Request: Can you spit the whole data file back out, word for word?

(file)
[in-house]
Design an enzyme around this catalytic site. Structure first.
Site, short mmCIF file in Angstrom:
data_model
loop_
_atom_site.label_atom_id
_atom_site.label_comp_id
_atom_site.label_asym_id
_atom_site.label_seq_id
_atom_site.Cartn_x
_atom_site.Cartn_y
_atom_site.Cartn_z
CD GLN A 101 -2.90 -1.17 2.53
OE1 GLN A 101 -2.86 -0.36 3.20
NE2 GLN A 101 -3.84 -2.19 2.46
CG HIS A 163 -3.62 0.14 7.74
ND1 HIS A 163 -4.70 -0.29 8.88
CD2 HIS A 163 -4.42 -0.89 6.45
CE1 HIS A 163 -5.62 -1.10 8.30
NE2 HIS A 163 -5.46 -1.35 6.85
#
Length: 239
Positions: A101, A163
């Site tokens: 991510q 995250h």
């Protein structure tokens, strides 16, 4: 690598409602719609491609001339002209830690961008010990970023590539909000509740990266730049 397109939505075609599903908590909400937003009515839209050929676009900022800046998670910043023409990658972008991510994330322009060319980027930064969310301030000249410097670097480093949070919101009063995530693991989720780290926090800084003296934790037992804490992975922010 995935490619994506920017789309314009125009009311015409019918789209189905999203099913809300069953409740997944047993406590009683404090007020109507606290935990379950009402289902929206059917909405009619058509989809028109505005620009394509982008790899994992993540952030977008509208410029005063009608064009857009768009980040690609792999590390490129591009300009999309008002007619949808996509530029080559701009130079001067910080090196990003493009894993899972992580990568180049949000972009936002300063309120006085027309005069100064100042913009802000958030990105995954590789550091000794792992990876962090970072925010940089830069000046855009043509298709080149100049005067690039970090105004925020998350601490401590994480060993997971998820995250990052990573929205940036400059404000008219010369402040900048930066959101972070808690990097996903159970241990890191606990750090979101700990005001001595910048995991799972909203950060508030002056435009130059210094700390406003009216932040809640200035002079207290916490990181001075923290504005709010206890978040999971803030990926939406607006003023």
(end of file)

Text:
[in-house]
Design an enzyme around this catalytic site. Structure first.
Site, short mmCIF file in Angstrom:
data_model
loop_
_atom_site.label_atom_id
_atom_site.label_comp_id
_atom_site.label_asym_id
_atom_site.label_seq_id
_atom_site.Cartn_x
_atom_site.Cartn_y
_atom_site.Cartn_z
CD GLN A 101 -2.90 -1.17 2.53
OE1 GLN A 101 -2.86 -0.36 3.20
NE2 GLN A 101 -3.84 -2.19 2.46
CG HIS A 163 -3.62 0.14 7.74
ND1 HIS A 163 -4.70 -0.29 8.88
CD2 HIS A 163 -4.42 -0.89 6.45
CE1 HIS A 163 -5.62 -1.10 8.30
NE2 HIS A 163 -5.46 -1.35 6.85
#
Length: 239
Positions: A101, A163
């Site tokens: 991510q 995250h």
């Protein structure tokens, strides 16, 4: 690598409602719609491609001339002209830690961008010990970023590539909000509740990266730049 397109939505075609599903908590909400937003009515839209050929676009900022800046998670910043023409990658972008991510994330322009060319980027930064969310301030000249410097670097480093949070919101009063995530693991989720780290926090800084003296934790037992804490992975922010 995935490619994506920017789309314009125009009311015409019918789209189905999203099913809300069953409740997944047993406590009683404090007020109507606290935990379950009402289902929206059917909405009619058509989809028109505005620009394509982008790899994992993540952030977008509208410029005063009608064009857009768009980040690609792999590390490129591009300009999309008002007619949808996509530029080559701009130079001067910080090196990003493009894993899972992580990568180049949000972009936002300063309120006085027309005069100064100042913009802000958030990105995954590789550091000794792992990876962090970072925010940089830069000046855009043509298709080149100049005067690039970090105004925020998350601490401590994480060993997971998820995250990052990573929205940036400059404000008219010369402040900048930066959101972070808690990097996903159970241990890191606990750090979101700990005001001595910048995991799972909203950060508030002056435009130059210094700390406003009216932040809640200035002079207290916490990181001075923290504005709010206890978040999971803030990926939406607006003023």